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Information Literacy: 01. Develop a Topic

Strategies used to incorporate research skills for the College of Arts and Sciences and the Graduate School of Management.

Develop a Topic Video

Developing a Topic
Learn to develop an appropriate topic for a research paper by considering goals, approaches, topic scope and helpful resources.  

(CLIP video, length 6:39 minutes)

Overview of Developing a Research Topic


To begin, write down some ideas that you would like to learn more about.  When you have a broad area or two in mind, brainstorm all of the possible associations that pop into your head related to those ideas. For example, the topic of Polar Bears might bring “ice, cubs, pollution, hunting, diet, environmental icon, population, and melting” to mind. Tip: Choose a topic that interests you and would interest others. You'll do better research when the topic is of interest to you.


Use an encyclopedia, browse the Internet, or read your textbook to do some background research on some of your topic ideas.  You might begin to note important words, phrases and concepts these resources mention, and use them to find additional information. You might consider researching a certain era or period of time (e.g. World War II), geographic location (e.g. China), or groups (e.g. Cantonese).


After you have some good topic ideas, it can be helpful to format your ideas into a question that can be answered.  Think of your topic as a question, and your thesis as the answer to that question.  Avoid asking closed questions that can be answered with a simple yes or no; rather ask open-ended questions instead that explores in-depth.  This keeps your research fluid so you can adapt your question to any unforeseen research bumps. 


In-depth research is basically looking for information that supports your topic question.  The information may come from articles, books, or other sources.  Remember that your research is a dynamic process, so don't be afraid to discover new things.  Select a topic that has enough resources to support your thesis. You will encounter problems if you don't have enough supporting resources.


Your thesis is the major claim that you will make in your paper, and you'll use all of the sources from your research to support that claim. If you think of your topic as a question, think of your thesis as the answer to that question.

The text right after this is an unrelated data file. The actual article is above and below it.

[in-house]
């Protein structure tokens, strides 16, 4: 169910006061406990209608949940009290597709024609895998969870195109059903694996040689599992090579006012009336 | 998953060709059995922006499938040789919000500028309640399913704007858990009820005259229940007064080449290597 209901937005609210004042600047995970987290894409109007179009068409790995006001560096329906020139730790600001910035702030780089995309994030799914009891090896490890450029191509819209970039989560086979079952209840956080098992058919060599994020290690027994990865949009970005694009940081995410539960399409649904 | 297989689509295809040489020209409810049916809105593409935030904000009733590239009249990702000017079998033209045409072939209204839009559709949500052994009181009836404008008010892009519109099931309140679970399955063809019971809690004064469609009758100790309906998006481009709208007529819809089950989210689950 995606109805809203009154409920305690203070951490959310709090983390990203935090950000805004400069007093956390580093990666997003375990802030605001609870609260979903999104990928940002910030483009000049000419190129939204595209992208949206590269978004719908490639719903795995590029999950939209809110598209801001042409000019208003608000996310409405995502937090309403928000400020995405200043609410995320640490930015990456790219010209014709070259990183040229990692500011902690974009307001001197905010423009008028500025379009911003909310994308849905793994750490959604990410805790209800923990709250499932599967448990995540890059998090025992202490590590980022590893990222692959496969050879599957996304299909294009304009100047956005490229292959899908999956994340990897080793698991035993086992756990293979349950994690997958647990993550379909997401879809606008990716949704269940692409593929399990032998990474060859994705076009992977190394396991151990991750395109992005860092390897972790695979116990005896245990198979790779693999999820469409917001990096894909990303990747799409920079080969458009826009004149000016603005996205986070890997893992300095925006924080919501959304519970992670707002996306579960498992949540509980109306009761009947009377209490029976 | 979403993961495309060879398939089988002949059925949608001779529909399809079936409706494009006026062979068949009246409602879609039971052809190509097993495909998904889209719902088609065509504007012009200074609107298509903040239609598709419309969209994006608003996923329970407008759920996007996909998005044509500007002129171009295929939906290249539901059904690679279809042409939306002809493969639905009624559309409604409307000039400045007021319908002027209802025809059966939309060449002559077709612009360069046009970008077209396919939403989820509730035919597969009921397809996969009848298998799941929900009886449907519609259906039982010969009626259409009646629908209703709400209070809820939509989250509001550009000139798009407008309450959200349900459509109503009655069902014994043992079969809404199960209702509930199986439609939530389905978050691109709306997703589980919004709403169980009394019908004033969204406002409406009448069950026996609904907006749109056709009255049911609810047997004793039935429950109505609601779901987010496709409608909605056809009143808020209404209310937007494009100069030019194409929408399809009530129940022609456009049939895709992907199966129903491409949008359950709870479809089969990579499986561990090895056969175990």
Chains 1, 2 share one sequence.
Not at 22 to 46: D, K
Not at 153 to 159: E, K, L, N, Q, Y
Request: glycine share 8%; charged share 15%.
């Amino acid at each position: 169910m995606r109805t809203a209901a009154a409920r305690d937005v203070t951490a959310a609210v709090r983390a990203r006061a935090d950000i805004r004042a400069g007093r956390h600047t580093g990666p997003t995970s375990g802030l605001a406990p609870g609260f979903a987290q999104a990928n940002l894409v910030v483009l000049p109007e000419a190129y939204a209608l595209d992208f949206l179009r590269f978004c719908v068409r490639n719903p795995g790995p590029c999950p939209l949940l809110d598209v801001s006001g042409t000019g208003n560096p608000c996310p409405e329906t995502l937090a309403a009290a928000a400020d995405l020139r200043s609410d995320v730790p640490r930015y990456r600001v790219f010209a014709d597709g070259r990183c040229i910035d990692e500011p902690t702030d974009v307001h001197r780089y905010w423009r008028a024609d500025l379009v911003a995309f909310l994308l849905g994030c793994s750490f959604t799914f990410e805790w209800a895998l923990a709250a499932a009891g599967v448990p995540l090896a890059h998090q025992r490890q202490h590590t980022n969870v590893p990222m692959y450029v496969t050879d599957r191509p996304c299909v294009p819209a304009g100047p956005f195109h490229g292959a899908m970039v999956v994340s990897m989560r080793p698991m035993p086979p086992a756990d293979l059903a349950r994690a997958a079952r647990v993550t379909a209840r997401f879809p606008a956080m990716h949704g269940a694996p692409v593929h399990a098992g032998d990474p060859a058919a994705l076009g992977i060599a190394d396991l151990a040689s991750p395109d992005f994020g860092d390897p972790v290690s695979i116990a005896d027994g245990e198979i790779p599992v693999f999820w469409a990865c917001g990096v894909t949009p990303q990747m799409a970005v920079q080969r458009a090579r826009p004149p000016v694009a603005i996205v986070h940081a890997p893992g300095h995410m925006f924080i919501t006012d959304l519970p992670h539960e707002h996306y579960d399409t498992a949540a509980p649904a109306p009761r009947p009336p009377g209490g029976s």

• Step 1, Brainstorm topic ideas: “Afghanistan, history, women”
  • Step 2, Background research: Use Encyclopedia Britannica
  • Step 3, Develop a topic question: “How have gender roles changed in Afghanistan throughout history?”
  • Step 4, In-depth research: Use library catalog and databases to find related book and articles.
  • Step 5, Develop a thesis: "The Taliban severely limited the personal freedoms of Afghani women after taking control of the country in 1996.

Broaden and Narrow Topics

It's also important to consider the scope of your topic. If it is too broad, it might be tough to find information that is relevant to you. If your topic is too narrow, it might be tough to find any information at all. Generally, it is good to start out with a slightly broad topic that you can further develop and narrow as you find information.


  • Too broad: "History or women"
  • Better: "History of female gender roles in Afghanistan during the 20th century"
  • Too narrow: "Current child-rearing practices of women in Kabul, Afghanistan”
  • Better: “How gender roles in Afghanistan impact the lives of women”


  • Make sure your paper meets all assignment requirements, so read your assignment closely. 
  • Your class readings will often list some good sources and suggestions to being your research.
  • Books and encyclopedias are great places to get topic ideas.
  • Ask how someone else might view a topic in order to provide a more balanced perspective.
  • Web sites may provide a broad idea about your topic, but may not be authoritative.
  • Use the library's databases like CQ Researcher to really help develop your topic research.



You might find that resources provided by your library can be really helpful, and you can access many of these resources online through your library's website. 

Don't forget that our librarians are excellent resources!